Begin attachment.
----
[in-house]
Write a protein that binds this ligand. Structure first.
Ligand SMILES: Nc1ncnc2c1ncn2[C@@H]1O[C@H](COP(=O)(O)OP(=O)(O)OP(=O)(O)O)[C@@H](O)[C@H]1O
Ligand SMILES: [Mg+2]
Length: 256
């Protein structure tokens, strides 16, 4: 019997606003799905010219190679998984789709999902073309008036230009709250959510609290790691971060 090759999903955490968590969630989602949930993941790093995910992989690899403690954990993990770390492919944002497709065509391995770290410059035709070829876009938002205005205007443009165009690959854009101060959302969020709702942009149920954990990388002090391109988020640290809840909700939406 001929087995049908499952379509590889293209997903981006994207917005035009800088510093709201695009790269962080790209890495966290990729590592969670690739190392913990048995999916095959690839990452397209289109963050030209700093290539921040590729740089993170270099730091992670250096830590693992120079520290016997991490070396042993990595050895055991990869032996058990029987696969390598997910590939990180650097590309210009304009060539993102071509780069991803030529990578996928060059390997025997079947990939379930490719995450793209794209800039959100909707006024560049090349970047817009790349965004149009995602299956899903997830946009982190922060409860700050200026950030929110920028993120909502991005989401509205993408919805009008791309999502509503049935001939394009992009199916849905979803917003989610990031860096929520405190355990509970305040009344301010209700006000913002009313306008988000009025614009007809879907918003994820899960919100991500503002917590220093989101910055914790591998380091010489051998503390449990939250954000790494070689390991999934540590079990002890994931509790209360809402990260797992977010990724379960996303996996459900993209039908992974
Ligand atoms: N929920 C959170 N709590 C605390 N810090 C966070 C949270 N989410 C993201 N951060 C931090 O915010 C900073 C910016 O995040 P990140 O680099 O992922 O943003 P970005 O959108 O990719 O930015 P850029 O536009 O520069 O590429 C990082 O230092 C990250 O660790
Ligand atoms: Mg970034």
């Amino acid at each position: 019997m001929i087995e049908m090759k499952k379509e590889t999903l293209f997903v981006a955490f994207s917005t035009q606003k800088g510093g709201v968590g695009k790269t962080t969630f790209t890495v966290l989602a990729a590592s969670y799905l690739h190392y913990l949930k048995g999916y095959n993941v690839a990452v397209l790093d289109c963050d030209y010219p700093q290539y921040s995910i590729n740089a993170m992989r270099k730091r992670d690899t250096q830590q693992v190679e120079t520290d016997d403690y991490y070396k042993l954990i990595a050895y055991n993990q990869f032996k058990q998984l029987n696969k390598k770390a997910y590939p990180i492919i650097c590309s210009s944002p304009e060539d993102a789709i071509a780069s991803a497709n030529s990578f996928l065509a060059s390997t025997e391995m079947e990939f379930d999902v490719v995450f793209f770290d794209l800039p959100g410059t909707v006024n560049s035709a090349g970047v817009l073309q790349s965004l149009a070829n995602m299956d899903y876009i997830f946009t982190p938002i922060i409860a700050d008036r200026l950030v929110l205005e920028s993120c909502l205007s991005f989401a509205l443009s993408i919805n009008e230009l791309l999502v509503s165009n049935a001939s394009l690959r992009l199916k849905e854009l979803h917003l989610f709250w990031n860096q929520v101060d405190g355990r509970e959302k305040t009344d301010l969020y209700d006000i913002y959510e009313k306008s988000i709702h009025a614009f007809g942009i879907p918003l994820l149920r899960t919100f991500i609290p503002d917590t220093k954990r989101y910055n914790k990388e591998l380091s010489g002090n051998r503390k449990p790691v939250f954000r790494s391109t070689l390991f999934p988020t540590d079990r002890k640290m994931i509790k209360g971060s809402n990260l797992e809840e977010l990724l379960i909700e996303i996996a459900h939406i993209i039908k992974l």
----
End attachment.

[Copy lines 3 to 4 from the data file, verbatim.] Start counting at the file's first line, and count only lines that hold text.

Ligand SMILES: Nc1ncnc2c1ncn2[C@@H]1O[C@H](COP(=O)(O)OP(=O)(O)OP(=O)(O)O)[C@@H](O)[C@H]1O
Ligand SMILES: [Mg+2]